There is nothing quite like Kilimanjaro anywhere else on earth. The world’s tallest freestanding mountain and the only place on land where you can clearly see the curvature of the earth! It is a challenge, no doubt, but the rewards are immense – the friendly welcome and endless encouragement from the Kilimanjaro guides and porters, the endemic fauna, the history, geology and local mythology, and the warmth of the sun rising over Africa, climbing slowly above the summit of Mawenzi and catching the glacial ice that accompanies you along the crater rim to a namely Uhuru Peak (the Kilimanjaro) – 5895m.

Whether it is your first time to climb Kilimanjaro or whether you have climbed many other mountains, we have a best climbing route for you. We encourage you to select the route that best suits you- and make the most of your comfort and increase chance of success to the top.

Rongai Route: Rongai 7 days route begins at the northern side of Kilimanjaro. We walk through a true wilderness area towards the toothed Mawenzi Peak. The Rongai route is a steady ascent, and is favorite by those with little experienceTotal trip duration is 9 days.

Shira Route: Shira 8 days route approaches the summit from the west side via Barafu camp and Stella Point, before descending via the Mweka Route and Millennium camp. We walk across an alpine plateau and pass through the caldera of Shira volcano and exploring the rock formations of the plateau.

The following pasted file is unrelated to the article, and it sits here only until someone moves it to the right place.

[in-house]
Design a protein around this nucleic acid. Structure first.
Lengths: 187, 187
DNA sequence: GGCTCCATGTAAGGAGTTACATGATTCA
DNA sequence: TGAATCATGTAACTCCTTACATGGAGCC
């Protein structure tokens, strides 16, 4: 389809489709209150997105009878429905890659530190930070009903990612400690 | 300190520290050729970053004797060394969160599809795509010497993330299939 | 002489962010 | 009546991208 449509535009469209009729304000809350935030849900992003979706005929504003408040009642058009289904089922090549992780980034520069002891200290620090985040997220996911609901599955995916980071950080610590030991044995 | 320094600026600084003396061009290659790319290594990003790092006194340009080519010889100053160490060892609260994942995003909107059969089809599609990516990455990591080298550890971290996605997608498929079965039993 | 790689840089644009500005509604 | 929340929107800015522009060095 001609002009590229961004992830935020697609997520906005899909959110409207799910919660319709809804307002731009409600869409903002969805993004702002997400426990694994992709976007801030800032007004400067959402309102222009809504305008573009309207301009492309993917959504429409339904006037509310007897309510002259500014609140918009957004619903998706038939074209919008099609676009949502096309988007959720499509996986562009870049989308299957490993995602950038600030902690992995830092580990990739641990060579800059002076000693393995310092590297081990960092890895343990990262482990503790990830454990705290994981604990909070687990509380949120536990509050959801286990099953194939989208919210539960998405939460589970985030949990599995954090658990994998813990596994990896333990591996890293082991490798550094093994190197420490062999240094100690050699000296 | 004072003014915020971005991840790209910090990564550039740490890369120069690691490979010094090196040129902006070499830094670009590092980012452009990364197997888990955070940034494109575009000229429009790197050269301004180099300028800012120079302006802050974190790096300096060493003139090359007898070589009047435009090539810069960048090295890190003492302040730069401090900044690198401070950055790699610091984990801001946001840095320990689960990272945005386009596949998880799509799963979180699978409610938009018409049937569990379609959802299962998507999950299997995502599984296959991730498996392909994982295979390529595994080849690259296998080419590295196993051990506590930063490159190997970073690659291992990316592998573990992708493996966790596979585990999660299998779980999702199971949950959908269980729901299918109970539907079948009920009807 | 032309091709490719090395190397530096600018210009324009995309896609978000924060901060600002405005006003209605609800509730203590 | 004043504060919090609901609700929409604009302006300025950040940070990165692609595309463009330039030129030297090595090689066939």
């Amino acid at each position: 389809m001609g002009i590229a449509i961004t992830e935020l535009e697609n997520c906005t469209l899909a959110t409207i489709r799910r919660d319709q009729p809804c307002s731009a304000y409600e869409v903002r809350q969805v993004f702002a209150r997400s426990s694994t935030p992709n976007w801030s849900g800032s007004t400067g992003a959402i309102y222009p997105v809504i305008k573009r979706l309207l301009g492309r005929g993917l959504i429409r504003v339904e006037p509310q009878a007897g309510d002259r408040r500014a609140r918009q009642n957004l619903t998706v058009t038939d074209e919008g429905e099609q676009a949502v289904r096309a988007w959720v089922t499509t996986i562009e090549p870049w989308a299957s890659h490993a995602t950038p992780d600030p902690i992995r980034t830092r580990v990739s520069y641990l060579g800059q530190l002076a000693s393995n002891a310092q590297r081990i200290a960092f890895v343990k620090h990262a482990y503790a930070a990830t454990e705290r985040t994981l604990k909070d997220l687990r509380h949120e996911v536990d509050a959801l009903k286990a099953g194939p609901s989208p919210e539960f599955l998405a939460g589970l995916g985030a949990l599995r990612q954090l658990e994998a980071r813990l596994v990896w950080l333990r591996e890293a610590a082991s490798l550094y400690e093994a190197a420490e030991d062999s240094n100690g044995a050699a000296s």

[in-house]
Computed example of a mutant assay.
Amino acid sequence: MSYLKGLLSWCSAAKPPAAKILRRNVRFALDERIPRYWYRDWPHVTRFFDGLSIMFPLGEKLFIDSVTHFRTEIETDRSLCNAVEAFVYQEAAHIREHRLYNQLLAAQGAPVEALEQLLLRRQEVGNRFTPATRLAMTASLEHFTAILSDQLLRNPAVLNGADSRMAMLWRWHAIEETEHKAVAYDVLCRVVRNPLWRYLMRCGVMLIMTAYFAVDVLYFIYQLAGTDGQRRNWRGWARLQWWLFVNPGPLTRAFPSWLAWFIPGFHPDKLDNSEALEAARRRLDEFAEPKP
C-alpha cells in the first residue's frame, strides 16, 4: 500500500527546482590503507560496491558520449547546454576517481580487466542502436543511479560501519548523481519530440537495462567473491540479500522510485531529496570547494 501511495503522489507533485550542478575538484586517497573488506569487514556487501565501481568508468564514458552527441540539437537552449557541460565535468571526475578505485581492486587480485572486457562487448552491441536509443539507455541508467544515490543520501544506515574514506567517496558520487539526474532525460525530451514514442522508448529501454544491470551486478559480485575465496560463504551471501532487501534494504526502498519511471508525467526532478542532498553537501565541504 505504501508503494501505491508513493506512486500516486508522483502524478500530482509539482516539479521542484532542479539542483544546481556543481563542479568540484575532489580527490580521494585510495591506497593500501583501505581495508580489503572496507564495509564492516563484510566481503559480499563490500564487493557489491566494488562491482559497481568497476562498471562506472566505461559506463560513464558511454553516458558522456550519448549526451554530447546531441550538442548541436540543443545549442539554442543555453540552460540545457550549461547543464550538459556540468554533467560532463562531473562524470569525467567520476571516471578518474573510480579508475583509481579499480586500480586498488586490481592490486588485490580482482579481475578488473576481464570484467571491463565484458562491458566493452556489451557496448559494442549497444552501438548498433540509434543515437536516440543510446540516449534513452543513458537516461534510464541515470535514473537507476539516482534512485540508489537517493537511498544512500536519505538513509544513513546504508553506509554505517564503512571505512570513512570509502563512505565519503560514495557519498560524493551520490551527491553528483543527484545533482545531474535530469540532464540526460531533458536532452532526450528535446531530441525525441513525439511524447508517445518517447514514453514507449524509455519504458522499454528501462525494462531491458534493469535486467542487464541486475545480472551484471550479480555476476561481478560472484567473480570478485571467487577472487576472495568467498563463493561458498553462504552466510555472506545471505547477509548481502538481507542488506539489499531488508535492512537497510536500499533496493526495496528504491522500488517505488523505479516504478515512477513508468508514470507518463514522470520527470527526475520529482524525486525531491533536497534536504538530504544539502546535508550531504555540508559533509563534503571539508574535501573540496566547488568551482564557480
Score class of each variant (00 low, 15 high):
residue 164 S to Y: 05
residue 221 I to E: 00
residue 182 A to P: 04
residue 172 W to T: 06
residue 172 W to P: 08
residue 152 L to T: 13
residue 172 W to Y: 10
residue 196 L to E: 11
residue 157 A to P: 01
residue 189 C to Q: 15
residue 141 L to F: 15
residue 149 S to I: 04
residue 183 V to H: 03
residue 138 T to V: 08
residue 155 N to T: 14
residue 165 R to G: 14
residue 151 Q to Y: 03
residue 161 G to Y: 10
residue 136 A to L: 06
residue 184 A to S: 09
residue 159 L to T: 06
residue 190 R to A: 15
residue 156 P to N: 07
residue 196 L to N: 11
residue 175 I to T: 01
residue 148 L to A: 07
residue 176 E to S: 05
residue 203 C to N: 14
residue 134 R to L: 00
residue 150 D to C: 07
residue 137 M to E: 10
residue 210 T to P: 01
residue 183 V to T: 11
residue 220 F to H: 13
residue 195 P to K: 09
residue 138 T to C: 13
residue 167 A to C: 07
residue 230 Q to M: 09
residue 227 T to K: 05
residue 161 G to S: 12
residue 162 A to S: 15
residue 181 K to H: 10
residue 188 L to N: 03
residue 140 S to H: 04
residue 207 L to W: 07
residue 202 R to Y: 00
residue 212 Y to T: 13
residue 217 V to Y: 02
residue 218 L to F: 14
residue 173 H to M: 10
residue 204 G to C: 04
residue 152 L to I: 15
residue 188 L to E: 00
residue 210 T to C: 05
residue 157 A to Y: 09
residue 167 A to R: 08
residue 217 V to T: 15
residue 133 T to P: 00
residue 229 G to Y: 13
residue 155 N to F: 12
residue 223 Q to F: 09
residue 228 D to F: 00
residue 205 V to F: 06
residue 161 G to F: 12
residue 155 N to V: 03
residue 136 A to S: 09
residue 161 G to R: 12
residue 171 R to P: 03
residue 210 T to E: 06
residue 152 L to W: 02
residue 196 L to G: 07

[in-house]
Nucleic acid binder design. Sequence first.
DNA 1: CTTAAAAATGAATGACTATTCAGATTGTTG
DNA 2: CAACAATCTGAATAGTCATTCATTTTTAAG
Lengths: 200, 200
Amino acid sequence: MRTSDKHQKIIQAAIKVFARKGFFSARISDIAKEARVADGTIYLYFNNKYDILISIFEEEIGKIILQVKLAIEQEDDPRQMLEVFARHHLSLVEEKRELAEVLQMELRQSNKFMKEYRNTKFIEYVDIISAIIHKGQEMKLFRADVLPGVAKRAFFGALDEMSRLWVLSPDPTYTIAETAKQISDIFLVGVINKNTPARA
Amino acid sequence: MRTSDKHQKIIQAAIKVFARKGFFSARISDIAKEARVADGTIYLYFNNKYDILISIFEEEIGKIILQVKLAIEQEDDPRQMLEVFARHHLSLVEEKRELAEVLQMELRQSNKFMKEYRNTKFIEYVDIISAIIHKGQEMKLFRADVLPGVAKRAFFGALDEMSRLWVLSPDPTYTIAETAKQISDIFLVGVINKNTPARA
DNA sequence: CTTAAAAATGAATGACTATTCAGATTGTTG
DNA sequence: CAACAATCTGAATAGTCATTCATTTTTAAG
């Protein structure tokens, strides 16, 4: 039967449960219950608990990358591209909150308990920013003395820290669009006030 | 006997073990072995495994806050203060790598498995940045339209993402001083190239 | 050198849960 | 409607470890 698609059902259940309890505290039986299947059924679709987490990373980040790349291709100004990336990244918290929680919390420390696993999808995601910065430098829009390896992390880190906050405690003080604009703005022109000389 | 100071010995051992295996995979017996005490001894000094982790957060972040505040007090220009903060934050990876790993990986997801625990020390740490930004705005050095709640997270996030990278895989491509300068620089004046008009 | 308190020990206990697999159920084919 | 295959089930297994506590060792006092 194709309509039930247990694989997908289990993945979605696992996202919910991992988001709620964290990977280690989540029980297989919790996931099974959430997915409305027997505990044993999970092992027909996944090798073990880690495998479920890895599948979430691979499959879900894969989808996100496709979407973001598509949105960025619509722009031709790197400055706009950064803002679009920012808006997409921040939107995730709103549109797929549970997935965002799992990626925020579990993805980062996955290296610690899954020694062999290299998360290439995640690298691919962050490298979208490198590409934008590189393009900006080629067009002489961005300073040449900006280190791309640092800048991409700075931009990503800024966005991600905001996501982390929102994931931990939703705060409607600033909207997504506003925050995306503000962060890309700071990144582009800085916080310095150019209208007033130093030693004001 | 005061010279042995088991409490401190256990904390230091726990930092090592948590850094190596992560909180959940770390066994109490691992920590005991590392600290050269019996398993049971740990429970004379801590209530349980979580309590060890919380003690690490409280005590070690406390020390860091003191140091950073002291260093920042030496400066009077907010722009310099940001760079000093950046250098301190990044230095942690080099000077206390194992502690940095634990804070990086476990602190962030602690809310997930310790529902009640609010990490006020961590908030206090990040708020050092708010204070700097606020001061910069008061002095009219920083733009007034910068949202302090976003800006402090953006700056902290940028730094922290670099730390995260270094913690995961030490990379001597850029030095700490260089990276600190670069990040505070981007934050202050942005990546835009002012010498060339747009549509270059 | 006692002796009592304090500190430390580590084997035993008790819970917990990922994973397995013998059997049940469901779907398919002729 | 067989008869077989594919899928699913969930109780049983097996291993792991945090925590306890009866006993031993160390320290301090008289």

The 8 days route gives a complete maximum time to acclimatization and also gives the perfect view of the glaciers on the crater rim, before joining with other routes and making the final ascent to the top.Total trip duration is 10 days.

Lemosho Route: Lemosho 8 days route approaches the summit from the western side of the Kilimanjaro by the lightly-used Lemosho route. Lemosho route is considered to be easier and more beautiful than any other trail and it retains a real sense of unspoilt wilderness. We travel through forest and moorland from the west, crossing the caldera of Shira volcano and exploring the rock formations of the plateau.

The 8 days route gives a complete maximum time to acclimatization and also gives the perfect view of the glaciers on the crater rim, before joining with other routes and making the final ascent to the top.Total trip duration is 10 days.

Machame Route: Machame 7 days route approaches summit through forest from the west of Kilimanjaro and joins the other trekking routes before traversing beneath the southern ice fields of Kibo. The rainforest is extremely beautiful. The 7 days route gives a complete maximum time to acclimatization, and also gives the perfect view of the Barranco walls.Total trip duration is 9 days.